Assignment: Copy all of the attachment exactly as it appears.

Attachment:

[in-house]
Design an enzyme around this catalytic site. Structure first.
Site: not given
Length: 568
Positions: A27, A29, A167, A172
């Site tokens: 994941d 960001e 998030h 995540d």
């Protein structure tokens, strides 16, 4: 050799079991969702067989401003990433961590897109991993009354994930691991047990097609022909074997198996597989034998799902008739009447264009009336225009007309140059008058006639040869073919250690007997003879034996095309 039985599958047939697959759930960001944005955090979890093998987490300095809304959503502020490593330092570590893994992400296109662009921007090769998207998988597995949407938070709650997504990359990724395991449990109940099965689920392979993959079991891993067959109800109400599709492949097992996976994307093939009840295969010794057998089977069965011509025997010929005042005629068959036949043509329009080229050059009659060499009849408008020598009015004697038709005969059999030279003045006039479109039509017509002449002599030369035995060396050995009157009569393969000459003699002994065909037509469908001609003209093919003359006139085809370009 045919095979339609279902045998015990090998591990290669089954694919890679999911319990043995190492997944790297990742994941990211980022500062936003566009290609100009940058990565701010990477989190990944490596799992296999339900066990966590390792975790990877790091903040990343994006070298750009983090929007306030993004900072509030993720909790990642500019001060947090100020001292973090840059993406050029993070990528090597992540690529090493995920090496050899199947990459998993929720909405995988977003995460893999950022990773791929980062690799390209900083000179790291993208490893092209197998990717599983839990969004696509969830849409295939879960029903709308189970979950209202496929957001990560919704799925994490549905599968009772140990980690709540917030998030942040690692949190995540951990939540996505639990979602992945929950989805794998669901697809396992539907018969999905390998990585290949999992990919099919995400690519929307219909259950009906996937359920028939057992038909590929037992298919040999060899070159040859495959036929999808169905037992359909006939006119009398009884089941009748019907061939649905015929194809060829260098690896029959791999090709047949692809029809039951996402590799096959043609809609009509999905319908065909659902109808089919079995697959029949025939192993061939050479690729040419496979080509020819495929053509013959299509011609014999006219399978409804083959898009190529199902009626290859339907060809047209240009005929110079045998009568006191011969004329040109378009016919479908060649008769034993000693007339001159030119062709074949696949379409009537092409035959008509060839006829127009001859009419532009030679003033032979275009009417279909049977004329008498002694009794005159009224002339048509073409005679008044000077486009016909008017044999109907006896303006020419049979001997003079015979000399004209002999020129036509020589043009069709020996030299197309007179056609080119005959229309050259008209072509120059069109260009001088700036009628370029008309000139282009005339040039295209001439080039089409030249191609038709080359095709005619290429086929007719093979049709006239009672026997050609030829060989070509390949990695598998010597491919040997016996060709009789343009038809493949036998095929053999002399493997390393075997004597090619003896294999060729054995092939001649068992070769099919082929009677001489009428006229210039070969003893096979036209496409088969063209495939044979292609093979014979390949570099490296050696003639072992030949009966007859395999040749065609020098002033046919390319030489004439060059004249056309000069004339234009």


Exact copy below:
[in-house]
Design an enzyme around this catalytic site. Structure first.
Site: not given
Length: 568
Positions: A27, A29, A167, A172
């Site tokens: 994941d 960001e 998030h 995540d």
């Protein structure tokens, strides 16, 4: 050799079991969702067989401003990433961590897109991993009354994930691991047990097609022909074997198996597989034998799902008739009447264009009336225009007309140059008058006639040869073919250690007997003879034996095309 039985599958047939697959759930960001944005955090979890093998987490300095809304959503502020490593330092570590893994992400296109662009921007090769998207998988597995949407938070709650997504990359990724395991449990109940099965689920392979993959079991891993067959109800109400599709492949097992996976994307093939009840295969010794057998089977069965011509025997010929005042005629068959036949043509329009080229050059009659060499009849408008020598009015004697038709005969059999030279003045006039479109039509017509002449002599030369035995060396050995009157009569393969000459003699002994065909037509469908001609003209093919003359006139085809370009 045919095979339609279902045998015990090998591990290669089954694919890679999911319990043995190492997944790297990742994941990211980022500062936003566009290609100009940058990565701010990477989190990944490596799992296999339900066990966590390792975790990877790091903040990343994006070298750009983090929007306030993004900072509030993720909790990642500019001060947090100020001292973090840059993406050029993070990528090597992540690529090493995920090496050899199947990459998993929720909405995988977003995460893999950022990773791929980062690799390209900083000179790291993208490893092209197998990717599983839990969004696509969830849409295939879960029903709308189970979950209202496929957001990560919704799925994490549905599968009772140990980690709540917030998030942040690692949190995540951990939540996505639990979602992945929950989805794998669901697809396992539907018969999905390998990585290949999992990919099919995400690519929307219909259950009906996937359920028939057992038909590929037992298919040999060899070159040859495959036929999808169905037992359909006939006119009398009884089941009748019907061939649905015929194809060829260098690896029959791999090709047949692809029809039951996402590799096959043609809609009509999905319908065909659902109808089919079995697959029949025939192993061939050479690729040419496979080509020819495929053509013959299509011609014999006219399978409804083959898009190529199902009626290859339907060809047209240009005929110079045998009568006191011969004329040109378009016919479908060649008769034993000693007339001159030119062709074949696949379409009537092409035959008509060839006829127009001859009419532009030679003033032979275009009417279909049977004329008498002694009794005159009224002339048509073409005679008044000077486009016909008017044999109907006896303006020419049979001997003079015979000399004209002999020129036509020589043009069709020996030299197309007179056609080119005959229309050259008209072509120059069109260009001088700036009628370029008309000139282009005339040039295209001439080039089409030249191609038709080359095709005619290429086929007719093979049709006239009672026997050609030829060989070509390949990695598998010597491919040997016996060709009789343009038809493949036998095929053999002399493997390393075997004597090619003896294999060729054995092939001649068992070769099919082929009677001489009428006229210039070969003893096979036209496409088969063209495939044979292609093979014979390949570099490296050696003639072992030949009966007859395999040749065609020098002033046919390319030489004439060059004249056309000069004339234009």